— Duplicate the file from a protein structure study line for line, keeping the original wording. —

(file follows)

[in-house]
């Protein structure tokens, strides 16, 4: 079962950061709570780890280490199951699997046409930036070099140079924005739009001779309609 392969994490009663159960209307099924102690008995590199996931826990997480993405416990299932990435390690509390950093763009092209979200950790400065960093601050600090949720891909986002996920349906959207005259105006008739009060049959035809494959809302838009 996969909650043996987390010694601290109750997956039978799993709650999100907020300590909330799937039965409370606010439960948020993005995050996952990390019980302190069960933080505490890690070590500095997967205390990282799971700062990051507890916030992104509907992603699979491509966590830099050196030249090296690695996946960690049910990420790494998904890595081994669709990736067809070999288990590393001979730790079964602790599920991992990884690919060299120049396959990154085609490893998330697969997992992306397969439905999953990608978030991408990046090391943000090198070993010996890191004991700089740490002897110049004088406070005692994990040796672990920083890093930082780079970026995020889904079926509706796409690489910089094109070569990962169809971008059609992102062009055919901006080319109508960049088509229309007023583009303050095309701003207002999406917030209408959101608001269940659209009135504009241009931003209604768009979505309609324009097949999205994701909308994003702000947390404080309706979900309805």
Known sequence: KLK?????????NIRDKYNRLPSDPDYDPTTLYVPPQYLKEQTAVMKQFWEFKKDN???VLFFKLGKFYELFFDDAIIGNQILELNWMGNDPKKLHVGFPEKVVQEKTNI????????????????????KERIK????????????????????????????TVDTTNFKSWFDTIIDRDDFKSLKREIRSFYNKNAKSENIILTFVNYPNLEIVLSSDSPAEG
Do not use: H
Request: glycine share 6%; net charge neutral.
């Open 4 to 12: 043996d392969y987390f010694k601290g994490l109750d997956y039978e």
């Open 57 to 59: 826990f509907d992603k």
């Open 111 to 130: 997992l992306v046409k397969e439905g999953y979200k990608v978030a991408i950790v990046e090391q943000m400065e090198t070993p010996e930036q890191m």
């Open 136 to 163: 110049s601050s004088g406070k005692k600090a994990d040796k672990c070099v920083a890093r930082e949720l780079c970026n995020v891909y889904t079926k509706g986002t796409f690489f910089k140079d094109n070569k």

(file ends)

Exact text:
[in-house]
């Protein structure tokens, strides 16, 4: 079962950061709570780890280490199951699997046409930036070099140079924005739009001779309609 392969994490009663159960209307099924102690008995590199996931826990997480993405416990299932990435390690509390950093763009092209979200950790400065960093601050600090949720891909986002996920349906959207005259105006008739009060049959035809494959809302838009 996969909650043996987390010694601290109750997956039978799993709650999100907020300590909330799937039965409370606010439960948020993005995050996952990390019980302190069960933080505490890690070590500095997967205390990282799971700062990051507890916030992104509907992603699979491509966590830099050196030249090296690695996946960690049910990420790494998904890595081994669709990736067809070999288990590393001979730790079964602790599920991992990884690919060299120049396959990154085609490893998330697969997992992306397969439905999953990608978030991408990046090391943000090198070993010996890191004991700089740490002897110049004088406070005692994990040796672990920083890093930082780079970026995020889904079926509706796409690489910089094109070569990962169809971008059609992102062009055919901006080319109508960049088509229309007023583009303050095309701003207002999406917030209408959101608001269940659209009135504009241009931003209604768009979505309609324009097949999205994701909308994003702000947390404080309706979900309805």
Known sequence: KLK?????????NIRDKYNRLPSDPDYDPTTLYVPPQYLKEQTAVMKQFWEFKKDN???VLFFKLGKFYELFFDDAIIGNQILELNWMGNDPKKLHVGFPEKVVQEKTNI????????????????????KERIK????????????????????????????TVDTTNFKSWFDTIIDRDDFKSLKREIRSFYNKNAKSENIILTFVNYPNLEIVLSSDSPAEG
Do not use: H
Request: glycine share 6%; net charge neutral.
């Open 4 to 12: 043996d392969y987390f010694k601290g994490l109750d997956y039978e």
């Open 57 to 59: 826990f509907d992603k």
């Open 111 to 130: 997992l992306v046409k397969e439905g999953y979200k990608v978030a991408i950790v990046e090391q943000m400065e090198t070993p010996e930036q890191m």
């Open 136 to 163: 110049s601050s004088g406070k005692k600090a994990d040796k672990c070099v920083a890093r930082e949720l780079c970026n995020v891909y889904t079926k509706g986002t796409f690489f910089k140079d094109n070569k």